Late yesterday afternoon, I followed an impulse and went down to Pea Island. I haven’t been for months, and I had only an hour or so before the light would be too dim to photograph there. I almost didn’t go. When I arrived, the ponds to the north and south of the visitor’s center held more birds than I have seen there in many years, since before the dikes were damaged by Hurricane Irene in 2011. Thousands of different ducks and hundreds of other birds including tundra swan and pelicans, both white and brown, dotted the ponds. Periodically the ducks would blast off in huge clouds, performing aerial dances reminiscent of the murmurations of starlings.

The raft of Redhead Ducks closest to me rested, their heads tucked under wing. Finally when there was no more than a pink afterglow from the sun’s slipping behind a cloud at sunset, the raft awoke en masse. They formed a huge oval before taking off in rows toward the west, away from where I was standing. The blast-off I waited for came in waning light, and into the opposite direction. And still it was worth the wait.

What does autumn look like in your world? Are you open to gifts wrapped in a way you do not expect? If you were to try to photograph a season of reflection and introspection, what images would you choose? How would you photograph patience?


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A particular photograph chronicling Fall 2016: the largest "Jockeys Lake" I have ever seen, after record rainfall with Hurricane Matthew in October.

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Seaside Goldenrod on the dunes is an annual colorful signal of October. This plant is growing in Jockey's Lake, an image of a scene I have never witnessed before.

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I call this "All My Life's A Circle" inspired by the arching cloud and its reflection at Jockey's Lake. See the couple to the left? That's a bride and groom, celebrating a beginning at day's end.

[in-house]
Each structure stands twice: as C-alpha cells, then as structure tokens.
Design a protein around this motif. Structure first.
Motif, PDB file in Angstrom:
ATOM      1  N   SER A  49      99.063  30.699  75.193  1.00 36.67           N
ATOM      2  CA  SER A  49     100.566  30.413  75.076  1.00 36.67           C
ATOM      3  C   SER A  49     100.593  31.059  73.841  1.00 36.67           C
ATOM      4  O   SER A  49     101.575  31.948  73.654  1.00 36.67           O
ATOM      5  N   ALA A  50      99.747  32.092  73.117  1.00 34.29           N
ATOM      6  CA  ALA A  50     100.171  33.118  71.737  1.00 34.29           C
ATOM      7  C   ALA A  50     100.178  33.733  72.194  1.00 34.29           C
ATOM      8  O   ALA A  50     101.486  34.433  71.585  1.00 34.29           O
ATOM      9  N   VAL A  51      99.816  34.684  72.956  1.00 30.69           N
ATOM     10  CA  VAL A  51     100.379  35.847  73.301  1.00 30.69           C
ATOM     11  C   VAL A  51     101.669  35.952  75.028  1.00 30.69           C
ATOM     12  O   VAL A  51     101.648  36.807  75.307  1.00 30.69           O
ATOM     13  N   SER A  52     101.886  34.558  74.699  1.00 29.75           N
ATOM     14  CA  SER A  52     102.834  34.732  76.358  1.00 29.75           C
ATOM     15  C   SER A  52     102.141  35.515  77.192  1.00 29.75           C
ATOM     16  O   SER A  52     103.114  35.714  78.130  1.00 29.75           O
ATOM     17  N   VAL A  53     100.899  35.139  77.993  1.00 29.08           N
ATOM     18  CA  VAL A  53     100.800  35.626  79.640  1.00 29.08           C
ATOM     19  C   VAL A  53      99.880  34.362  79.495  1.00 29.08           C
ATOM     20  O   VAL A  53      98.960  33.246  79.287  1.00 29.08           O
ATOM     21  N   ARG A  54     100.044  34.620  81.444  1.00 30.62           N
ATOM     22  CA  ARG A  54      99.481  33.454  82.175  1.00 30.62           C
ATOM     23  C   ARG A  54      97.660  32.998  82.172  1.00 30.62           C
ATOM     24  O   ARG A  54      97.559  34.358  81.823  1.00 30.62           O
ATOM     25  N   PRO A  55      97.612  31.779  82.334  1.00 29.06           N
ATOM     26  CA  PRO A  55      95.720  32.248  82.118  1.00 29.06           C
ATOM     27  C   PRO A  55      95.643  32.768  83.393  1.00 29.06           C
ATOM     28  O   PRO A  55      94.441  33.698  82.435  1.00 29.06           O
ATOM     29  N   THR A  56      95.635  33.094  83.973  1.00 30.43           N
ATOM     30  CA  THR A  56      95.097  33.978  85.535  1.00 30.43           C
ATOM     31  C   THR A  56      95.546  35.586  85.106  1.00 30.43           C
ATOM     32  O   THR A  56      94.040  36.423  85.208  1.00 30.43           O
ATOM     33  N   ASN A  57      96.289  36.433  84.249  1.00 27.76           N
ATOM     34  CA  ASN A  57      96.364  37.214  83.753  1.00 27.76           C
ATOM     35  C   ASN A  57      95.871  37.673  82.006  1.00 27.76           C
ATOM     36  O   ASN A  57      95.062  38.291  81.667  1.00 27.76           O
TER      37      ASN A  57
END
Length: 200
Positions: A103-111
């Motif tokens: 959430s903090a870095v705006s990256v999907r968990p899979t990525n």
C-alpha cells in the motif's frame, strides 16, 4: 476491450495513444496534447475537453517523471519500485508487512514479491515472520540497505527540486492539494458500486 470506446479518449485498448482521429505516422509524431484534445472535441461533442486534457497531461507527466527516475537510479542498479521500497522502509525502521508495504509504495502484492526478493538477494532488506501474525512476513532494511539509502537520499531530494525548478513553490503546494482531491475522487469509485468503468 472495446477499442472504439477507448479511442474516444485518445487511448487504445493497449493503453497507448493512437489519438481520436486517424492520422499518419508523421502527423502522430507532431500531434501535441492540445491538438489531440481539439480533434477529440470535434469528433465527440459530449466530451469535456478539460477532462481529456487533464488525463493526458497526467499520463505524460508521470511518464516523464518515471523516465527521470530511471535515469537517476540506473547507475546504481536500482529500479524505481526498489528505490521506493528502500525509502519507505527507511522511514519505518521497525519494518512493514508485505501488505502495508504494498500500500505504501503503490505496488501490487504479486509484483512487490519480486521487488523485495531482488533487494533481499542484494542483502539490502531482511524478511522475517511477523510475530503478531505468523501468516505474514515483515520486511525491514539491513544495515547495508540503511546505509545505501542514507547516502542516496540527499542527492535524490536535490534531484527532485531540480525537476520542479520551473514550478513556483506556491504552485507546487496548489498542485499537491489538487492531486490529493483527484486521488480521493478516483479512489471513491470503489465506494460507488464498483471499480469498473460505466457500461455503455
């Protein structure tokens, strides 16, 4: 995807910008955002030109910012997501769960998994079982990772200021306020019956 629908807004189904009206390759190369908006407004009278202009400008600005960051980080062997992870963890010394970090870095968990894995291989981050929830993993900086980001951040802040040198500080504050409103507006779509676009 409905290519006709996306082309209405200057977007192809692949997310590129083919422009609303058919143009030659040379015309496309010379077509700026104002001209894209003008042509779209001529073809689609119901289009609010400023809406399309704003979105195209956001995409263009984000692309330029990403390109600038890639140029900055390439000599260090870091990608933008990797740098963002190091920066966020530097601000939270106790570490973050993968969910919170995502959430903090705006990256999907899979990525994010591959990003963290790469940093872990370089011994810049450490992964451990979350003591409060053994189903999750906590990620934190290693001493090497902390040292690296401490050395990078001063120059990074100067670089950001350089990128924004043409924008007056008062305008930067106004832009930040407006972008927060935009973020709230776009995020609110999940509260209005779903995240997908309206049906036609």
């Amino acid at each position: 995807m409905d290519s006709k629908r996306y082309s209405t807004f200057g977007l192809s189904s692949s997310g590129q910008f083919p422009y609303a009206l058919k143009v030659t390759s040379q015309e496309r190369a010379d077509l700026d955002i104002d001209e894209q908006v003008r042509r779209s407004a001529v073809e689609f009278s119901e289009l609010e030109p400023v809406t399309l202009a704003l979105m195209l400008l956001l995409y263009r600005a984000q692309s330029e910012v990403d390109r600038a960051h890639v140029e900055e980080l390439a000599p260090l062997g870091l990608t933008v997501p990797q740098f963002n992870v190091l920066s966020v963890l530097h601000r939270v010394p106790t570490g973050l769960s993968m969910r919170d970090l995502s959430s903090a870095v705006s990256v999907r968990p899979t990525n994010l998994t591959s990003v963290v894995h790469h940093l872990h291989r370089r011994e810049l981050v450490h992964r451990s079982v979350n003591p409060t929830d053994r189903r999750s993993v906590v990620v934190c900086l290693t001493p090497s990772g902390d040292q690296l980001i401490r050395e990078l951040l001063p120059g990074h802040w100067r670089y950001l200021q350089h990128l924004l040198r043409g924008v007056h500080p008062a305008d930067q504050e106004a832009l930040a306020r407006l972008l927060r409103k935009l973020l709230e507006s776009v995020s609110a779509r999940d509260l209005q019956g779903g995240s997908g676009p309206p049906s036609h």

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Here is a personal challenge image, inspired by the phrase "walking in light." I call it, Light My Way.

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Canada Geese are back in our soundfront cove at The Waterfront Shops in Duck.

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For a brief season, the geese were elsewhere, presumably raising goslings. Their return heralds shorter days and earlier nightfalls.

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Percentage wise, more deep red sunsets occur in the low humidity evenings of fall and winter than any other time here. I call this, Follow Your Arrow, as the light pointed True North.

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Tundra Swan are back at Pea Island in large numbers. We've seen only a few so far in Duck. These flew over me while I waited for the Redheads to blast off.

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Finally my asking and waiting paid off. In rapidly disappearing light, the raft of Redheads blasted off into the pink glow of sundown.

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Night, night, ducks. And thank you.

posted by eturek at 10:00 PM